Lillian Hood

Lillian Hood lived in a patio home in Kingwood near Lake Houston when Harvey hit the area. She was not surprised the streets flooded in her neighborhood after hearing the rain predictions for Hurricane Harvey, but she did not expect the degree of devastation the storm brought her way: four feet of water in her home and the fear of drowning in her wheelchair as she and her caregiver hoped for a high-water vehicle to rescue them.

She and her late husband had moved to The Enclave neighborhood in 1997, a group of one-story patio homes, popular with retired people. After moving there, Lillian learned that the neighborhood had experienced high water during a flood in 1994, and that the police had warned people that they should evacuate because water would be released from Lake Conroe and flow down the San Jacinto River to her area. Only one Enclave home flooded in 1994, but with Harvey every home has water, from a few inches to several feet.
Ninety years old and wheelchair-bound, Lillian discussed moving to a new apartment at a senior living facility. She remained upbeat and positive, happy to enjoy her new life and the few treasures her family salvaged for her. Her positive attitude and joyful smile are inspirational and give new meaning to “seeing the glass as half full.” While Lillian talked about the fear she felt as the water rose and her rescue, she preferred to focus on the outpouring of generosity from the people she did not know, or barely knew, who took her and other flooded family members into their homes; and the people from her church who helped tear out houses and offer other assistance.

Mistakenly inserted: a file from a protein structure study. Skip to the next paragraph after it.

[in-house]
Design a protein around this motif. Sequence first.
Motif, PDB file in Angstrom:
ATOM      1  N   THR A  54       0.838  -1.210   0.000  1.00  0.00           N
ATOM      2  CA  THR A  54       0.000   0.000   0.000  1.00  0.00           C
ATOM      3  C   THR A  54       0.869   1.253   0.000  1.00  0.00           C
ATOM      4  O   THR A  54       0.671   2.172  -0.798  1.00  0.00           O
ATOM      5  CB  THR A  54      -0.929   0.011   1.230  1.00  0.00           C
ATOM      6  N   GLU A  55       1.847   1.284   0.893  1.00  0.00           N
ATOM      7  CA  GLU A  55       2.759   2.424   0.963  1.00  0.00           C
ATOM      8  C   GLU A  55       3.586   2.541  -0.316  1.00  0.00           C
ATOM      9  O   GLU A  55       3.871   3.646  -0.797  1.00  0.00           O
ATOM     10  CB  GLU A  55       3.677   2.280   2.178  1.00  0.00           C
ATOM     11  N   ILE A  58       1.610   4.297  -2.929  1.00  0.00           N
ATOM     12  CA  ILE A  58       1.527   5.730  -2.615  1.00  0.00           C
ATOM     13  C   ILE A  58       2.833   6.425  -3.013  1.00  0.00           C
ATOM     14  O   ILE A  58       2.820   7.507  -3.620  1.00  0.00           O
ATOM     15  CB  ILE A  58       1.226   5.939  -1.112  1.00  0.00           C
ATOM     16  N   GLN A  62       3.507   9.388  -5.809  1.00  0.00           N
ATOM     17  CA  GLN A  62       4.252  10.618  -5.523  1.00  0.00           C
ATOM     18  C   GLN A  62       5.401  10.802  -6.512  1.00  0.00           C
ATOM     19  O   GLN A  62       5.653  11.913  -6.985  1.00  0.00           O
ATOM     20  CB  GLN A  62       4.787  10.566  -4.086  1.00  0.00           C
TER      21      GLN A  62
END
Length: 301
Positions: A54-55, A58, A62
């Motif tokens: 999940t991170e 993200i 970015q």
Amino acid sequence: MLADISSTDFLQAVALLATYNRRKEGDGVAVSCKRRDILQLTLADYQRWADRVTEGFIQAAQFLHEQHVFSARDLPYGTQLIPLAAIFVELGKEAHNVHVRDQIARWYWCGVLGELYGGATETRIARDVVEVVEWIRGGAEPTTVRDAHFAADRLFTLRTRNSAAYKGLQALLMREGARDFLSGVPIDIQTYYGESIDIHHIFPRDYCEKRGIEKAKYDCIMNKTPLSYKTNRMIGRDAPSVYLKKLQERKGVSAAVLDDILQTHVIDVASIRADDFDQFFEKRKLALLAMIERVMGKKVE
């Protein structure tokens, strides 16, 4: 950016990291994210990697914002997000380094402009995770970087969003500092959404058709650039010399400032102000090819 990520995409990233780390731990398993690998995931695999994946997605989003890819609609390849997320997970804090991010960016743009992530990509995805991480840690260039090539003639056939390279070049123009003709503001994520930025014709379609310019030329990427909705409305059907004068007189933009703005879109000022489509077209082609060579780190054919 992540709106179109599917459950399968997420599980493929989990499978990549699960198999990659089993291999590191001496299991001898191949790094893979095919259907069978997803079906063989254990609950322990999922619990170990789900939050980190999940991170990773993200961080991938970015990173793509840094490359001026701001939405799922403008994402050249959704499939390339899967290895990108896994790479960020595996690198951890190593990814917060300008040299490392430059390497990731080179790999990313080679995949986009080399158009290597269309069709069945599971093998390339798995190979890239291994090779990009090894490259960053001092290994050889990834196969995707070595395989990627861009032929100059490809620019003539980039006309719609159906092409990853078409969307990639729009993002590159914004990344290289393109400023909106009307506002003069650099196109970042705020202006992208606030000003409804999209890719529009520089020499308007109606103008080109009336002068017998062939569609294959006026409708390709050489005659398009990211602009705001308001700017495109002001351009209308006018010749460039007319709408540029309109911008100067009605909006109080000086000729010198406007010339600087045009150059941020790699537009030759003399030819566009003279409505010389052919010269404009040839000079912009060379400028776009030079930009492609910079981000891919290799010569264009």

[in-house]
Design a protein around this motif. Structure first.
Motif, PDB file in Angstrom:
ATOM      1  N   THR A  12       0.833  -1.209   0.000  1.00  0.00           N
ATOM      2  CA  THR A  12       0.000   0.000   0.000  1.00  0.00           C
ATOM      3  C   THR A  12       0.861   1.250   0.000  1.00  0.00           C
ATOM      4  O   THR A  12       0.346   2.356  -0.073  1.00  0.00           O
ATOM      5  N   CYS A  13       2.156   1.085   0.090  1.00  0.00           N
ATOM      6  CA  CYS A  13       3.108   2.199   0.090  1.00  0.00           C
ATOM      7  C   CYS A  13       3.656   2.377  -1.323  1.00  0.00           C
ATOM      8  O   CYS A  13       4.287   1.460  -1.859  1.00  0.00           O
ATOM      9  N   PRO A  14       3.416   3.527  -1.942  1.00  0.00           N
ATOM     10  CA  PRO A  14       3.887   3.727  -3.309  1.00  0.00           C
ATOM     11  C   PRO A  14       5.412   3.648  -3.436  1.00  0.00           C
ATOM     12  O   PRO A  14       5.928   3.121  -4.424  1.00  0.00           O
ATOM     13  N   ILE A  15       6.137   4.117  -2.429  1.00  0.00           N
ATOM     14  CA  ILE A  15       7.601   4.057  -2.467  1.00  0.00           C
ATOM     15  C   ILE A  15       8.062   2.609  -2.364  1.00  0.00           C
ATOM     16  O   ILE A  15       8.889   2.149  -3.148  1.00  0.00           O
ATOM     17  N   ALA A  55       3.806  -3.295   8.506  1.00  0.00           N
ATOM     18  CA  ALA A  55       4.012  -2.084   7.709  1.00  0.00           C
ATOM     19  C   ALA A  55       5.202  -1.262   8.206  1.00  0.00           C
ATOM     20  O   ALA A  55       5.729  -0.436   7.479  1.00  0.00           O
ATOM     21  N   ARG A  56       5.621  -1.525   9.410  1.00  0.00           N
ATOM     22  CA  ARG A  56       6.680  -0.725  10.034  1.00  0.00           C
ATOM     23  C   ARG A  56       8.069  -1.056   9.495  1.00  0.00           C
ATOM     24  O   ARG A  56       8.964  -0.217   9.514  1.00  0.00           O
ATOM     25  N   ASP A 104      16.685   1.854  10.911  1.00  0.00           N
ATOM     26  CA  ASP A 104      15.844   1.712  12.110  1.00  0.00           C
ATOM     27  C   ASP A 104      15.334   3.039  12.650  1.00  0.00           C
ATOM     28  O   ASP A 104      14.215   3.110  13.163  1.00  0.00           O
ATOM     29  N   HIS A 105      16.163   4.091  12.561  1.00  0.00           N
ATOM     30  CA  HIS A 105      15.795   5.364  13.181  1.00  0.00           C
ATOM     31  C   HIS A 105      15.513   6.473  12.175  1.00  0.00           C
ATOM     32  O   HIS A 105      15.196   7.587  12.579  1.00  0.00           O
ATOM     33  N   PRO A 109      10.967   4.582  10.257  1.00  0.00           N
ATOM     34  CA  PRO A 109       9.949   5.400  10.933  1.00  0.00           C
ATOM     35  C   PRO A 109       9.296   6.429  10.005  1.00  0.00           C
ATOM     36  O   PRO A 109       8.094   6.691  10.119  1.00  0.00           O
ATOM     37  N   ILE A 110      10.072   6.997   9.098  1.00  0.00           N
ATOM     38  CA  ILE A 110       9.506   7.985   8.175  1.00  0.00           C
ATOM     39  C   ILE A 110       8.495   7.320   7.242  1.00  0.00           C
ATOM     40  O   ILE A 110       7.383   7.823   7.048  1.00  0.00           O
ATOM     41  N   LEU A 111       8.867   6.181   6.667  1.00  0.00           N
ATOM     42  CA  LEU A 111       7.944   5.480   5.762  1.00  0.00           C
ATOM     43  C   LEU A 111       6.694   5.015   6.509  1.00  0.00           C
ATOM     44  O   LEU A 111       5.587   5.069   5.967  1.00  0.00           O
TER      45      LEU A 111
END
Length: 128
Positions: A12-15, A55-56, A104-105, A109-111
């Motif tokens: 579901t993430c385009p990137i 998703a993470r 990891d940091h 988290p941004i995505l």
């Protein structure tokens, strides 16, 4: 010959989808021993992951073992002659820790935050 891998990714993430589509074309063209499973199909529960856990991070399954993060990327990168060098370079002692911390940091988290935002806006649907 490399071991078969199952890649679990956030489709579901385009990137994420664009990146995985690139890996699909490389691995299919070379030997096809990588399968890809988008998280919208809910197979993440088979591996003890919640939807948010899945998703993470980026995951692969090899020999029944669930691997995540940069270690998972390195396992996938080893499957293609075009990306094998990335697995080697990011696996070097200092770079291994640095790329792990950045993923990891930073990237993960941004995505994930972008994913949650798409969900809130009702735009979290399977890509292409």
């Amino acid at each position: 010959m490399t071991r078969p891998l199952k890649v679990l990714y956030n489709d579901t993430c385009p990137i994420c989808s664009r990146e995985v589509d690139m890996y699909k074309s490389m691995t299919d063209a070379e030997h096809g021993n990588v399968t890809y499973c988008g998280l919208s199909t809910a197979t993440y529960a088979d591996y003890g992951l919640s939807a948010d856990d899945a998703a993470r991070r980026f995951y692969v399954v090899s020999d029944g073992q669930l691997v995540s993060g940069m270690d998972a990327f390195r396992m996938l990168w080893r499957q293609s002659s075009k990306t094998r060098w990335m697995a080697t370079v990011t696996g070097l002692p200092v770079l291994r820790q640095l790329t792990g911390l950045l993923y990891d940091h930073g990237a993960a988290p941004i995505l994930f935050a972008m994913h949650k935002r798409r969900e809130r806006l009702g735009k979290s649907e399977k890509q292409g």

Below you can read the transcript of the film clip from her interview, including: Lillian’s Rescue, Lillian’s Distress Signal, and Lillian’s Memories. A full transcript will be posted when completed.